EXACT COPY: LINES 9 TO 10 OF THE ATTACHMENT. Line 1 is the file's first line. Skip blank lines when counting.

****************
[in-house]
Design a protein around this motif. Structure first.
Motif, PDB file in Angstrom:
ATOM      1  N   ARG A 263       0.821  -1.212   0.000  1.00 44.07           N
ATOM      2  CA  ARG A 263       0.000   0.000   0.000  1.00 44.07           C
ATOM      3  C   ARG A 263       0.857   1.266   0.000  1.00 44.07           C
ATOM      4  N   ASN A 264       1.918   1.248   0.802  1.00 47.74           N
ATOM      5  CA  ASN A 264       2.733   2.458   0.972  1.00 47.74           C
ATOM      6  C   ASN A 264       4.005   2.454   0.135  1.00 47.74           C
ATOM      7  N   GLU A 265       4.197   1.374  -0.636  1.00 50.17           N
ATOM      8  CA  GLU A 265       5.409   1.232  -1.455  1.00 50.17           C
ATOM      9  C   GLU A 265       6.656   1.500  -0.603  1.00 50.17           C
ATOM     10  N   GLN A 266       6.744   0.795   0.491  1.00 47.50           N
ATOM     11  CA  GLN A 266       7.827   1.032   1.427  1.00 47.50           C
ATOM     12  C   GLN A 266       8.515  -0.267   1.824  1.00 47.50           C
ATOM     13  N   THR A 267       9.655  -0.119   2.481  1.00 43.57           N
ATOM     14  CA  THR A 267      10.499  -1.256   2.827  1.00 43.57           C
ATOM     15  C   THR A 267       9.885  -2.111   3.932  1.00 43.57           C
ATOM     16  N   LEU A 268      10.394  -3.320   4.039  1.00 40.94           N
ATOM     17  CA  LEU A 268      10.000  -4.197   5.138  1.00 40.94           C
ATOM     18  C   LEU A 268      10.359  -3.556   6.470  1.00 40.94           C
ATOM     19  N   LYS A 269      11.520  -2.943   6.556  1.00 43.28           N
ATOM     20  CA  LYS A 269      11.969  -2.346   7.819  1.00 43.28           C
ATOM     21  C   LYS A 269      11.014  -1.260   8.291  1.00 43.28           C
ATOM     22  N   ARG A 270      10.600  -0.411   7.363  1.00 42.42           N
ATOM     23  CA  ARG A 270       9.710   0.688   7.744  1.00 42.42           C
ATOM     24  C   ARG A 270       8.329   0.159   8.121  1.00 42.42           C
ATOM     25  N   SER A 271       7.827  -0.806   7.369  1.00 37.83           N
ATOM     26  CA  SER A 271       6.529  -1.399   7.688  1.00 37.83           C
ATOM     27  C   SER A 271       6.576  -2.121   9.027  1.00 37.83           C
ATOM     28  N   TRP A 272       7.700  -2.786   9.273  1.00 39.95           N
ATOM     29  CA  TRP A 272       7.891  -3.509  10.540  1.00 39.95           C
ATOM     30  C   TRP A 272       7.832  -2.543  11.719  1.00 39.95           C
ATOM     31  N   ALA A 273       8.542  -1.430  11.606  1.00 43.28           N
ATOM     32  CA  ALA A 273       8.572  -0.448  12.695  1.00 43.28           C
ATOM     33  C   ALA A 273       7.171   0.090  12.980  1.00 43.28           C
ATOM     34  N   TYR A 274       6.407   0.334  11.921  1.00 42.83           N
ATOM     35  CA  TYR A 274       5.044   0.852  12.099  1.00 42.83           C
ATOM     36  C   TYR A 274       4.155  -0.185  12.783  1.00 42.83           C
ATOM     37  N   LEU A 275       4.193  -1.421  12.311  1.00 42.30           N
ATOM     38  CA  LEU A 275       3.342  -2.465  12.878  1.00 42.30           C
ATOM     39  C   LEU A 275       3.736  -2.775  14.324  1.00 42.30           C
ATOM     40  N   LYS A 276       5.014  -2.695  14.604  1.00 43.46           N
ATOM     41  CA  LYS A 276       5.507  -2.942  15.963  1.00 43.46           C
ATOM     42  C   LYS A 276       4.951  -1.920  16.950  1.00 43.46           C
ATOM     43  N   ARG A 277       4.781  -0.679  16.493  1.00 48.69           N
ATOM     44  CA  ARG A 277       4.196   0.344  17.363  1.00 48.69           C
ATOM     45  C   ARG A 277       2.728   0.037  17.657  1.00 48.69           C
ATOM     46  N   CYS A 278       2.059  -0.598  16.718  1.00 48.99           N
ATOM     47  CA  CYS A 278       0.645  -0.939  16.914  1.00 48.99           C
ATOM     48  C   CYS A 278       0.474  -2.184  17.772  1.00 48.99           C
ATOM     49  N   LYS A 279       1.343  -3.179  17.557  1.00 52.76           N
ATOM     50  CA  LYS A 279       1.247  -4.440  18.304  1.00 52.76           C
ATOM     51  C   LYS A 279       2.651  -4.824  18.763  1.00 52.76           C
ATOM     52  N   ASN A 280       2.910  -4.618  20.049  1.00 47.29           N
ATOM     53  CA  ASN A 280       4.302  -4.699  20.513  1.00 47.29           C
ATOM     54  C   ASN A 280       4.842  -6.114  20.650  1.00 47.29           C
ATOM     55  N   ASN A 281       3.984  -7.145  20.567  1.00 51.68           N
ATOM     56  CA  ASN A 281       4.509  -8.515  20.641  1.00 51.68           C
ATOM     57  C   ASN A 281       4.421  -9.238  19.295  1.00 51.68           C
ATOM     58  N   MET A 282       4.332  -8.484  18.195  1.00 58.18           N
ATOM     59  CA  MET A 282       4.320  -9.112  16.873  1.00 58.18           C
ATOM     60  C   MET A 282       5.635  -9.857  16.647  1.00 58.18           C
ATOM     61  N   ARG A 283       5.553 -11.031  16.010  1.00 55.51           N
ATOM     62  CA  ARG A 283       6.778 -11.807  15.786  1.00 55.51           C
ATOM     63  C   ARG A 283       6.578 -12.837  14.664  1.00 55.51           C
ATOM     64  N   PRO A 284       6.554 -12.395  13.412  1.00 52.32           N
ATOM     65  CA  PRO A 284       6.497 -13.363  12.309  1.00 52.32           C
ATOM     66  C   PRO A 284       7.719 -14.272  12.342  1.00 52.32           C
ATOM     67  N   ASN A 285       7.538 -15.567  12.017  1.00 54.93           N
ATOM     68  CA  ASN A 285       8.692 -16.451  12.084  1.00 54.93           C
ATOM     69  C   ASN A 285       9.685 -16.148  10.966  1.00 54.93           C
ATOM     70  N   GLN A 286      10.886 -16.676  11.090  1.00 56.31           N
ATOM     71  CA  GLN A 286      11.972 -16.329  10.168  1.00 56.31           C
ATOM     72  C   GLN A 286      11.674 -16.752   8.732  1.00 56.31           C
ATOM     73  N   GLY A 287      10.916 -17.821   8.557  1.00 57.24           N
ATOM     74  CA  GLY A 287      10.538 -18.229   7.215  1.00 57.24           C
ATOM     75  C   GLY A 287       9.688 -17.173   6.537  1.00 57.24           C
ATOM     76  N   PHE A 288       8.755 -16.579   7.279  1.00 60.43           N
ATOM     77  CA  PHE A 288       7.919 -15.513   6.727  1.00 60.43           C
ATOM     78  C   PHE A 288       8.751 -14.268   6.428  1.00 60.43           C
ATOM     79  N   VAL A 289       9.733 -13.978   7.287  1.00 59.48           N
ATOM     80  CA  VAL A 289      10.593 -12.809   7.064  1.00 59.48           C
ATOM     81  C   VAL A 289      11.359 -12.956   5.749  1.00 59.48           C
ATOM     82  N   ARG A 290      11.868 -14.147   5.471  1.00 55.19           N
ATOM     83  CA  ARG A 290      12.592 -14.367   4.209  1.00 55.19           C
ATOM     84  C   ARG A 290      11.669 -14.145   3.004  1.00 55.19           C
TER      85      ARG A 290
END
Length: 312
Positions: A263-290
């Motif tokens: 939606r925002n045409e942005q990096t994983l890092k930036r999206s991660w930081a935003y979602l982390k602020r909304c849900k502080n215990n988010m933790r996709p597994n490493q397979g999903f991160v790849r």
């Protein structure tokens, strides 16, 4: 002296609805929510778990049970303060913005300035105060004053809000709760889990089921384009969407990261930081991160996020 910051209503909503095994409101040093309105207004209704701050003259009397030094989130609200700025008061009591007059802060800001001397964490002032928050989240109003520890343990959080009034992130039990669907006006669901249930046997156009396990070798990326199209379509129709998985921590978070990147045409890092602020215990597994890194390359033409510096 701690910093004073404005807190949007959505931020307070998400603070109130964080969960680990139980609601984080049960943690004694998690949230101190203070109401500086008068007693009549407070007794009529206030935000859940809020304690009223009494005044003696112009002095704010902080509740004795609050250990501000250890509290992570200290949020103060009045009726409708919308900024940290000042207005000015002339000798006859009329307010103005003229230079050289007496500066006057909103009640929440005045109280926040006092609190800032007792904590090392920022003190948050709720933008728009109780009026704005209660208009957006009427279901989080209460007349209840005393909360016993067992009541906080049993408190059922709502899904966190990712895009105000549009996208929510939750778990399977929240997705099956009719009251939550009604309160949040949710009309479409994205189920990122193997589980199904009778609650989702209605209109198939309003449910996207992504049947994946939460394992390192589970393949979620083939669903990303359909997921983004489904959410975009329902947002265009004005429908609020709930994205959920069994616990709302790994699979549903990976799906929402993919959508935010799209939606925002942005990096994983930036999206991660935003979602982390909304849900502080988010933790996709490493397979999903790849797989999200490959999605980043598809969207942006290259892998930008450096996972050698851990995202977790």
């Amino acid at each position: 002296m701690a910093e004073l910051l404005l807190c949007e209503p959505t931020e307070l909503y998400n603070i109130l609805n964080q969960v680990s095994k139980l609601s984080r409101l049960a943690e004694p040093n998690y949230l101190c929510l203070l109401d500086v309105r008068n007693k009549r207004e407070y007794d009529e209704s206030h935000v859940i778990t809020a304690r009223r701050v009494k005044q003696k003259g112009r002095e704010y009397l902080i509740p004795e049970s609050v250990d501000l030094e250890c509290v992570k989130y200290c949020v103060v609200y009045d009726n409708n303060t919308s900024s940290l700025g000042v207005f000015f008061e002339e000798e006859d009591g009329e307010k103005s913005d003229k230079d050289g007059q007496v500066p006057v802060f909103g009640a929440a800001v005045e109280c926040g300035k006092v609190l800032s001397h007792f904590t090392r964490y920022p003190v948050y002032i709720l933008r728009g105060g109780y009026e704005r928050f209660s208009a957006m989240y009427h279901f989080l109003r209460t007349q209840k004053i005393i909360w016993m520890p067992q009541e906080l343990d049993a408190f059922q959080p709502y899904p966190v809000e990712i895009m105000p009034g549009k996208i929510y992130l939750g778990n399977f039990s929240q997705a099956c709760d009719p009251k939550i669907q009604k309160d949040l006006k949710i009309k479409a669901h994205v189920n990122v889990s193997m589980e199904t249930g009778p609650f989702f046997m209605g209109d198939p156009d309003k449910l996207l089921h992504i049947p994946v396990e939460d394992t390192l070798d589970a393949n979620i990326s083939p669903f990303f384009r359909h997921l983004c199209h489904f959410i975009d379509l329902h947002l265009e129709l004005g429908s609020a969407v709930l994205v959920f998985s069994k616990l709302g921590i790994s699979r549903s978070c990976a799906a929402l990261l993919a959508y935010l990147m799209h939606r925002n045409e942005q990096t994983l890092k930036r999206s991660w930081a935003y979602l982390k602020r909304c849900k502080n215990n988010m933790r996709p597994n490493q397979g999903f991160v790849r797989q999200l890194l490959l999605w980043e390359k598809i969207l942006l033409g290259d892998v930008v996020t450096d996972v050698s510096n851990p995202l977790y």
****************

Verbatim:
ATOM      6  C   ASN A 264       4.005   2.454   0.135  1.00 47.74           C
ATOM      7  N   GLU A 265       4.197   1.374  -0.636  1.00 50.17           N